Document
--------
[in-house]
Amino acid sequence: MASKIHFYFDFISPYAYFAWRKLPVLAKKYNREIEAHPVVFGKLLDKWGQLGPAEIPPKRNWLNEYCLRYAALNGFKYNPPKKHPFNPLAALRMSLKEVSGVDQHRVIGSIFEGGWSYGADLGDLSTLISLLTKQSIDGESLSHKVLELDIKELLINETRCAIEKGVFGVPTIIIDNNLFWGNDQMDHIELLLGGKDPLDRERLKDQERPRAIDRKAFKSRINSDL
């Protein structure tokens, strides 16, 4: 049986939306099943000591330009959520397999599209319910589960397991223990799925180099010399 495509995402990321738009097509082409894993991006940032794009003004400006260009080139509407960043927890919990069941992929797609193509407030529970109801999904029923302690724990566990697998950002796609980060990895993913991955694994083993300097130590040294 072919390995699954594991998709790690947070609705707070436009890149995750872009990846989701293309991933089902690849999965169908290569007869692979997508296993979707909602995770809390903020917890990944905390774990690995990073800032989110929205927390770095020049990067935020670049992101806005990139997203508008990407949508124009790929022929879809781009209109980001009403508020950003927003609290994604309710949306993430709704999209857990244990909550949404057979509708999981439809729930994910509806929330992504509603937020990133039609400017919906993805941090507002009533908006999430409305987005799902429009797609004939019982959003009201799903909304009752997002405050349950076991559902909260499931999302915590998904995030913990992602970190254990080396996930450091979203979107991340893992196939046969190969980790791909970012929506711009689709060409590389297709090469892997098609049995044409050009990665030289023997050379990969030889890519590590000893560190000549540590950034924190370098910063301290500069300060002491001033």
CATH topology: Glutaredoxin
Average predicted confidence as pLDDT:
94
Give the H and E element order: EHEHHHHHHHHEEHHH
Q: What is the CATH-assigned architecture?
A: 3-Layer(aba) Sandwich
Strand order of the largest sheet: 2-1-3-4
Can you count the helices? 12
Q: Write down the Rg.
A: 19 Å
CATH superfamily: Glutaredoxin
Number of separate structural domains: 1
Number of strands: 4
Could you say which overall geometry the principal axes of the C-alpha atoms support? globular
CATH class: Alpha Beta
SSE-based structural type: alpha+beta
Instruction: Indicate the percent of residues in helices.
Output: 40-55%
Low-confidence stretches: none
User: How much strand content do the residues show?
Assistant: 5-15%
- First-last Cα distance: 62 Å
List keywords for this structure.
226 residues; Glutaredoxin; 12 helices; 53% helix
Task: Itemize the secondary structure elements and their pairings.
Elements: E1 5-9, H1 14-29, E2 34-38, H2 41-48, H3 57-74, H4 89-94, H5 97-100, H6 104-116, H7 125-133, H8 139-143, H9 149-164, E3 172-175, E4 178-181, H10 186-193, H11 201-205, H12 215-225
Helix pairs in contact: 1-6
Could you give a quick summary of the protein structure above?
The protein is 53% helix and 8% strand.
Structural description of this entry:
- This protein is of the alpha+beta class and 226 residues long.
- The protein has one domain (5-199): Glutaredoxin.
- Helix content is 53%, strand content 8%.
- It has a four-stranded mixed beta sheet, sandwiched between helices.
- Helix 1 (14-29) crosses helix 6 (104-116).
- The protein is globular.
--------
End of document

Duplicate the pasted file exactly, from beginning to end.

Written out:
[in-house]
Amino acid sequence: MASKIHFYFDFISPYAYFAWRKLPVLAKKYNREIEAHPVVFGKLLDKWGQLGPAEIPPKRNWLNEYCLRYAALNGFKYNPPKKHPFNPLAALRMSLKEVSGVDQHRVIGSIFEGGWSYGADLGDLSTLISLLTKQSIDGESLSHKVLELDIKELLINETRCAIEKGVFGVPTIIIDNNLFWGNDQMDHIELLLGGKDPLDRERLKDQERPRAIDRKAFKSRINSDL
């Protein structure tokens, strides 16, 4: 049986939306099943000591330009959520397999599209319910589960397991223990799925180099010399 495509995402990321738009097509082409894993991006940032794009003004400006260009080139509407960043927890919990069941992929797609193509407030529970109801999904029923302690724990566990697998950002796609980060990895993913991955694994083993300097130590040294 072919390995699954594991998709790690947070609705707070436009890149995750872009990846989701293309991933089902690849999965169908290569007869692979997508296993979707909602995770809390903020917890990944905390774990690995990073800032989110929205927390770095020049990067935020670049992101806005990139997203508008990407949508124009790929022929879809781009209109980001009403508020950003927003609290994604309710949306993430709704999209857990244990909550949404057979509708999981439809729930994910509806929330992504509603937020990133039609400017919906993805941090507002009533908006999430409305987005799902429009797609004939019982959003009201799903909304009752997002405050349950076991559902909260499931999302915590998904995030913990992602970190254990080396996930450091979203979107991340893992196939046969190969980790791909970012929506711009689709060409590389297709090469892997098609049995044409050009990665030289023997050379990969030889890519590590000893560190000549540590950034924190370098910063301290500069300060002491001033």
CATH topology: Glutaredoxin
Average predicted confidence as pLDDT:
94
Give the H and E element order: EHEHHHHHHHHEEHHH
Q: What is the CATH-assigned architecture?
A: 3-Layer(aba) Sandwich
Strand order of the largest sheet: 2-1-3-4
Can you count the helices? 12
Q: Write down the Rg.
A: 19 Å
CATH superfamily: Glutaredoxin
Number of separate structural domains: 1
Number of strands: 4
Could you say which overall geometry the principal axes of the C-alpha atoms support? globular
CATH class: Alpha Beta
SSE-based structural type: alpha+beta
Instruction: Indicate the percent of residues in helices.
Output: 40-55%
Low-confidence stretches: none
User: How much strand content do the residues show?
Assistant: 5-15%
- First-last Cα distance: 62 Å
List keywords for this structure.
226 residues; Glutaredoxin; 12 helices; 53% helix
Task: Itemize the secondary structure elements and their pairings.
Elements: E1 5-9, H1 14-29, E2 34-38, H2 41-48, H3 57-74, H4 89-94, H5 97-100, H6 104-116, H7 125-133, H8 139-143, H9 149-164, E3 172-175, E4 178-181, H10 186-193, H11 201-205, H12 215-225
Helix pairs in contact: 1-6
Could you give a quick summary of the protein structure above?
The protein is 53% helix and 8% strand.
Structural description of this entry:
- This protein is of the alpha+beta class and 226 residues long.
- The protein has one domain (5-199): Glutaredoxin.
- Helix content is 53%, strand content 8%.
- It has a four-stranded mixed beta sheet, sandwiched between helices.
- Helix 1 (14-29) crosses helix 6 (104-116).
- The protein is globular.